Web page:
Ink made to last and fonts that minimize its consumption

Over the past few weeks, I’ve come across a number of interesting inkles about ink.

  1. A team of U.S.-British researchers announced earlier this month that they deciphered previously-illegible scrawling by African explorer David Livingstone, which he made 140 years ago under desperate circumstances using the juice of local berries.  See the image enhancement in this article by New Scientist Tech.  Given the depressing content of Livingstone’s laments, it may be just as well he used ephemeral ink.
  2. The Dead Sea Scrolls, now on exhibit at the Minnesota Science Museum (see this picture, for example), were written with extremely durable black ink (well over 2000 years old!) comprised of lamp black (soot), gum Arabic and flaxseed oil.  According to this Numerica entry on the chemistry of ink a red version was made by substituting cinnabar (mercury sulfide ? – HgS).  That must have been used by the editor overseeing publication of the Scrolls. ; )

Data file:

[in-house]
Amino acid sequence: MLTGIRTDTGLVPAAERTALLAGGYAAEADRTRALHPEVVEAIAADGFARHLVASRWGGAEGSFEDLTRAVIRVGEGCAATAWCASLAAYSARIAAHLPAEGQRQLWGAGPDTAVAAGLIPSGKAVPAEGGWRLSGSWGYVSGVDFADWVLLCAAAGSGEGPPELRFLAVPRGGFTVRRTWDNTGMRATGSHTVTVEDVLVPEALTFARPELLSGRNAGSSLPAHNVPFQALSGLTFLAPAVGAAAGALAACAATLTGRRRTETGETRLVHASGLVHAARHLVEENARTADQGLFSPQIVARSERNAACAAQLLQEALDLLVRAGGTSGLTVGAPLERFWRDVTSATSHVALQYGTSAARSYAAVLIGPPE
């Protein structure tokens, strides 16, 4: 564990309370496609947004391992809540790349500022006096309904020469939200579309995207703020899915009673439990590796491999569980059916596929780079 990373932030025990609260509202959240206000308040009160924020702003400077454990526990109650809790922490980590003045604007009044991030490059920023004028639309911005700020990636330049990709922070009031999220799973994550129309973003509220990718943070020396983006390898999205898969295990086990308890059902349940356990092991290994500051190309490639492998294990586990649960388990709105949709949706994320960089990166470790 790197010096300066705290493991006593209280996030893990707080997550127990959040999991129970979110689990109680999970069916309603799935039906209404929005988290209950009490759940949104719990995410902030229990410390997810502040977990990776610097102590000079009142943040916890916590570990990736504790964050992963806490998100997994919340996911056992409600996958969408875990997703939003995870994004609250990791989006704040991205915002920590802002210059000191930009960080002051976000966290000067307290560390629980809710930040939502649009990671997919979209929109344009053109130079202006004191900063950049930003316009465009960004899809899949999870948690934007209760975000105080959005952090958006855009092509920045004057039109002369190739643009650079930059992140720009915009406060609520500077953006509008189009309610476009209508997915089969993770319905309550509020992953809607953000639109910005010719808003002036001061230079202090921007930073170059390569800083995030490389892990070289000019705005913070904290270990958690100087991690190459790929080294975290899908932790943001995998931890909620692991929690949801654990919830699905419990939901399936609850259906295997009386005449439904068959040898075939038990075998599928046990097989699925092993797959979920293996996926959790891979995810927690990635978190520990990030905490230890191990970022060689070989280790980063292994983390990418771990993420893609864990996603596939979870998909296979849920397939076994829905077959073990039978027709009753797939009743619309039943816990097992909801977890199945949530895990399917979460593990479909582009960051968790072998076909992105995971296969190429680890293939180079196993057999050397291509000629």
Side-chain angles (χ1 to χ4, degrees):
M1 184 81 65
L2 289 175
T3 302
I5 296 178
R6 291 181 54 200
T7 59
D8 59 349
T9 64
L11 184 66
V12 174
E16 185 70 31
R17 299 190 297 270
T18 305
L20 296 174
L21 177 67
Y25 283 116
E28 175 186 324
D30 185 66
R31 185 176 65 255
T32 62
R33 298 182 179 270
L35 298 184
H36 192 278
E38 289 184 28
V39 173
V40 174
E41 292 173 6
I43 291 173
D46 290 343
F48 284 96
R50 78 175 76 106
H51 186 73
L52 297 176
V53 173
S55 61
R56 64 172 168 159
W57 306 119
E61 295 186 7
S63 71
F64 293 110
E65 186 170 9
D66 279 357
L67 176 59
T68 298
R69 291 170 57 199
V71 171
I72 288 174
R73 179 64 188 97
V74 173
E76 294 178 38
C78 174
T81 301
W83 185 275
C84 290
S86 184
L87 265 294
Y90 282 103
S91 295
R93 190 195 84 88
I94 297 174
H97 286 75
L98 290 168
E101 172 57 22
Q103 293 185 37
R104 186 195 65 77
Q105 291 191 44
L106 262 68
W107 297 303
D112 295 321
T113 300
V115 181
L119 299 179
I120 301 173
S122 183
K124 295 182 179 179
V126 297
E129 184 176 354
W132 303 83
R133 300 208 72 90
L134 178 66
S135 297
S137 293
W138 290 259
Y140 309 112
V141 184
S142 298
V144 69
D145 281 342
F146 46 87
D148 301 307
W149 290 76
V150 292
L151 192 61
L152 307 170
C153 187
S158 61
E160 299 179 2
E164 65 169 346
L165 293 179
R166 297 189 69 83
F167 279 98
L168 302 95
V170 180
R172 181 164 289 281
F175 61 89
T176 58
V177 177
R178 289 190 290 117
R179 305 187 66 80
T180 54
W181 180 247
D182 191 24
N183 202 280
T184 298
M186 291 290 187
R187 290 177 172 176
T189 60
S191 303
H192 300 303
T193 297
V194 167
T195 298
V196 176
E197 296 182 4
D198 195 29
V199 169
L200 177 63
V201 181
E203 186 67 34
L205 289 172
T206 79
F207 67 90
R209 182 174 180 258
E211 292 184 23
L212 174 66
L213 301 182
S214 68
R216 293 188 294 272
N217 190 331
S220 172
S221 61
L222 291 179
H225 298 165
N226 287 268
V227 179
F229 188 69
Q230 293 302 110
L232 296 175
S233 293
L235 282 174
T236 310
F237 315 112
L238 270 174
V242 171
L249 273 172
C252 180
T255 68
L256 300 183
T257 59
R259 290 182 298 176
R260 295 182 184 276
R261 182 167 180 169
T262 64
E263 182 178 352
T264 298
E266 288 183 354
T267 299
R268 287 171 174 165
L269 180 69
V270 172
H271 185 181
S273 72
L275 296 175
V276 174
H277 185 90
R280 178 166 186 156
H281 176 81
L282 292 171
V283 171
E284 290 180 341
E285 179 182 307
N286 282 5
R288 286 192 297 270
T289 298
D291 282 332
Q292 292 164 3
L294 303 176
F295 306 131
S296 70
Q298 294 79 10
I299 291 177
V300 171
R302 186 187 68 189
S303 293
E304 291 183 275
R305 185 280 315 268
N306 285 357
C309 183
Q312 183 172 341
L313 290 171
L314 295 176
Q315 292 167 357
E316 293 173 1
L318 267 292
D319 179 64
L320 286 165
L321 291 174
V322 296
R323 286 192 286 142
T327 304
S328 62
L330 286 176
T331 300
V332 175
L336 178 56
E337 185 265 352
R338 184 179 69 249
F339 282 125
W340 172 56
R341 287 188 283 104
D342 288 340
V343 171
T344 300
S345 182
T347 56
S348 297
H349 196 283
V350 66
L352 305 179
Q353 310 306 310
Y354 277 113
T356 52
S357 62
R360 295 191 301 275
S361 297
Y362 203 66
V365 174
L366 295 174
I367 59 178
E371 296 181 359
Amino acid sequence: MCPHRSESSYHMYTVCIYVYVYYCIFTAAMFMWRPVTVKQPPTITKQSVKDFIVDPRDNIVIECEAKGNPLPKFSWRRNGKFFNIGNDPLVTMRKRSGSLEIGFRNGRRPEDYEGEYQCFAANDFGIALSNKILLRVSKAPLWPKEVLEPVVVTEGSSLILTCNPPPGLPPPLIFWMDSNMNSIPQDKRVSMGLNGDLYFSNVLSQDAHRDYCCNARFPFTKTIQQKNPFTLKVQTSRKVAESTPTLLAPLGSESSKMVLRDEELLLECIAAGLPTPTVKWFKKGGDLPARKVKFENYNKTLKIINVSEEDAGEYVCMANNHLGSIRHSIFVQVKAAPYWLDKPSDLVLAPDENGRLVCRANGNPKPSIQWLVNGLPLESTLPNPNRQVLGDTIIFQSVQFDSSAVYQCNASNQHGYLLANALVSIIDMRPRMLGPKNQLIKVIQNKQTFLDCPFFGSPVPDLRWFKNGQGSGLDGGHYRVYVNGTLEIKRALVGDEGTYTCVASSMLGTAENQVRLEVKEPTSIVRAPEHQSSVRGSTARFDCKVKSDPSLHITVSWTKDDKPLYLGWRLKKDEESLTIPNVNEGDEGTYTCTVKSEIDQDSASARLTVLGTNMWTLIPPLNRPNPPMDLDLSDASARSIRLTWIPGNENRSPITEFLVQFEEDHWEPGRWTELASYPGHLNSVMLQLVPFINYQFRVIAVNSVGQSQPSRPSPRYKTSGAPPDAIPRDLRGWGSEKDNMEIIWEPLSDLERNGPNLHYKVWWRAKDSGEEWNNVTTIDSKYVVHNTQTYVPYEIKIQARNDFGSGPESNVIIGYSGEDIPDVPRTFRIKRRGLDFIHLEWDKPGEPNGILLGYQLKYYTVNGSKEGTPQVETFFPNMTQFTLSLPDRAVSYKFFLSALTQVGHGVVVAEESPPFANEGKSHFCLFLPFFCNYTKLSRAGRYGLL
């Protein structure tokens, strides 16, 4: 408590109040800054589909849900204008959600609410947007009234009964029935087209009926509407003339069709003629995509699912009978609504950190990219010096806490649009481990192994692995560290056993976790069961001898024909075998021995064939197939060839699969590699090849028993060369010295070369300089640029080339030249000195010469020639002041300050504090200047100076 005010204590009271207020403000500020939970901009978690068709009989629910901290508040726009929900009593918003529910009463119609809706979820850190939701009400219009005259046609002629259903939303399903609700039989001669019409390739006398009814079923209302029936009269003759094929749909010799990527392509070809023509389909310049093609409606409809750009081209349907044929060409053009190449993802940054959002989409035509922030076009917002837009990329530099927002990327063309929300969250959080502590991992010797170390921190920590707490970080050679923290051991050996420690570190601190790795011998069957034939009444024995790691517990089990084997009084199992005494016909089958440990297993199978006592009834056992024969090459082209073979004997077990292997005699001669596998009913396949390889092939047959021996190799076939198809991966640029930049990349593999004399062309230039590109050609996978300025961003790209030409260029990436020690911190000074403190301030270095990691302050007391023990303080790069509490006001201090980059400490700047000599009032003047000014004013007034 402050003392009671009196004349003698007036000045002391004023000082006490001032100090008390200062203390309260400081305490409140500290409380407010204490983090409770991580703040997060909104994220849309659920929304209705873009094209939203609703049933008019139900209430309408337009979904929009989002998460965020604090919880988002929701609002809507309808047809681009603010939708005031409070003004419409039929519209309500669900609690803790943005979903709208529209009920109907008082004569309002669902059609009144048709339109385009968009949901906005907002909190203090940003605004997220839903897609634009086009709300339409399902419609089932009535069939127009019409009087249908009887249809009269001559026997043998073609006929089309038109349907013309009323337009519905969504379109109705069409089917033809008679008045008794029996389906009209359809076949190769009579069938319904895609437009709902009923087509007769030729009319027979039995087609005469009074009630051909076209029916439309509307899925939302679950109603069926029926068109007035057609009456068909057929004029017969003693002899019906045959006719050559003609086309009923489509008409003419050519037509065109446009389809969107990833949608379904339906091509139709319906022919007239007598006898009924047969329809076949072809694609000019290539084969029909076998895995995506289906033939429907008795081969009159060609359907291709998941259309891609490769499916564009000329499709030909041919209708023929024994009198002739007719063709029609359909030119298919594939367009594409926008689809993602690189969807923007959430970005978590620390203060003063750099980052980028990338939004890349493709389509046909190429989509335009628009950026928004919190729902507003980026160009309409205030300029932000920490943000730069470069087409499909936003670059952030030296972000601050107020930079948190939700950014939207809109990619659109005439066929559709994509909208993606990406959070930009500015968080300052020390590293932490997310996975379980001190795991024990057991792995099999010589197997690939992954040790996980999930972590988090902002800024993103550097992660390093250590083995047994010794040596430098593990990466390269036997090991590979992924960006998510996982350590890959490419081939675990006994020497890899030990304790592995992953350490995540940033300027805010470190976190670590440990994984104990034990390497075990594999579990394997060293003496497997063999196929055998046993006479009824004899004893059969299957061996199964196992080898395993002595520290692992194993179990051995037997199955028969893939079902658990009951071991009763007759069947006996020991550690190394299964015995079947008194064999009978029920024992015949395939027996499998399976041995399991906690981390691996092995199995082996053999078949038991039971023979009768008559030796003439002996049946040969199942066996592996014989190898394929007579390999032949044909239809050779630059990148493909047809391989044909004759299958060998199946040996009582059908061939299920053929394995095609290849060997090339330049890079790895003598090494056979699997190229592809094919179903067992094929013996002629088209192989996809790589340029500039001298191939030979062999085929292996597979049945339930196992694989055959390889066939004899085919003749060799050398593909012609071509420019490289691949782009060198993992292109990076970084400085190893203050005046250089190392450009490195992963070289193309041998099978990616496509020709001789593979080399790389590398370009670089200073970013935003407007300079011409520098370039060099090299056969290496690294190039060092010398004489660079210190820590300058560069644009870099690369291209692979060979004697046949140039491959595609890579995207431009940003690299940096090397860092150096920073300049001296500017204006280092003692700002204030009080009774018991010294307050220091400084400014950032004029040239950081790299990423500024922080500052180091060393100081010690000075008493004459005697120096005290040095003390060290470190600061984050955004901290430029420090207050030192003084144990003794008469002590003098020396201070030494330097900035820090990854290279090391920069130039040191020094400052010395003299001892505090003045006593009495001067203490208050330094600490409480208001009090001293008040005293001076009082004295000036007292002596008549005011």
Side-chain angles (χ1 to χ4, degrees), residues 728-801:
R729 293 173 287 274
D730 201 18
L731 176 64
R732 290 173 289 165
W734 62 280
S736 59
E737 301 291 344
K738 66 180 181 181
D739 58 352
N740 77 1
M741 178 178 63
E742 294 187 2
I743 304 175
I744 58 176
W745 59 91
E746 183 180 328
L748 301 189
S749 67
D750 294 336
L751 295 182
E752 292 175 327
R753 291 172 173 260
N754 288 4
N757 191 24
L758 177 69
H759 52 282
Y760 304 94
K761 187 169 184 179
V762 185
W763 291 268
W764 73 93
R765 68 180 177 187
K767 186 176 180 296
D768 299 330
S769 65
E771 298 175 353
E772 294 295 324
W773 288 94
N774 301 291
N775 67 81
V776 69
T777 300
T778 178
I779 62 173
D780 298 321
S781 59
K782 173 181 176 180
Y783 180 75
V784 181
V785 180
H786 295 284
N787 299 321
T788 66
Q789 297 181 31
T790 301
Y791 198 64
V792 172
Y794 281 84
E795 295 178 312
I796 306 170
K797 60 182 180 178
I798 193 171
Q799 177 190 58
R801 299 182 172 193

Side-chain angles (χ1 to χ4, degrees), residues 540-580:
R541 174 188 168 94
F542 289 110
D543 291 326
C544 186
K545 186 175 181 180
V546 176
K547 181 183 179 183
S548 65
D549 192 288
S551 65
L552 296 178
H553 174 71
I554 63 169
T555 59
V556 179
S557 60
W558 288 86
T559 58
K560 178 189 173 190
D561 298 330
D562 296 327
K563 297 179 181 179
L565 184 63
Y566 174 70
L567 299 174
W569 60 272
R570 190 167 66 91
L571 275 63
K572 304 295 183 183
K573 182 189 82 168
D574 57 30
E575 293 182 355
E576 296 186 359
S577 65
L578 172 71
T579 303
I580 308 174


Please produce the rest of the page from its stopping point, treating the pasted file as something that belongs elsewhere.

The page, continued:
3. suggests that we all save ink by favoring certain fonts over others.  For example Century Gothic* uses 30 percent less ink than Arial.  As a general rule the serif fonts do better than the sans serif ones.  An article by Dinesh Ramde of Associated Press on 4/7/10 reported that a school of 6,500 students, such as the University of Wisconsin-Green Bay, can save up to $10,000 per year by switching to an ink-stingy font.  To really make a statement about their support for Earth, UW-GB ought to go with the “holey” ecofont.  However, rather than going to something so ugly, perhaps the best thing for all concerned about going green would be to be prohibited from printing anything and just hand-write what’s absolutely essential to put on paper (or papyrus).
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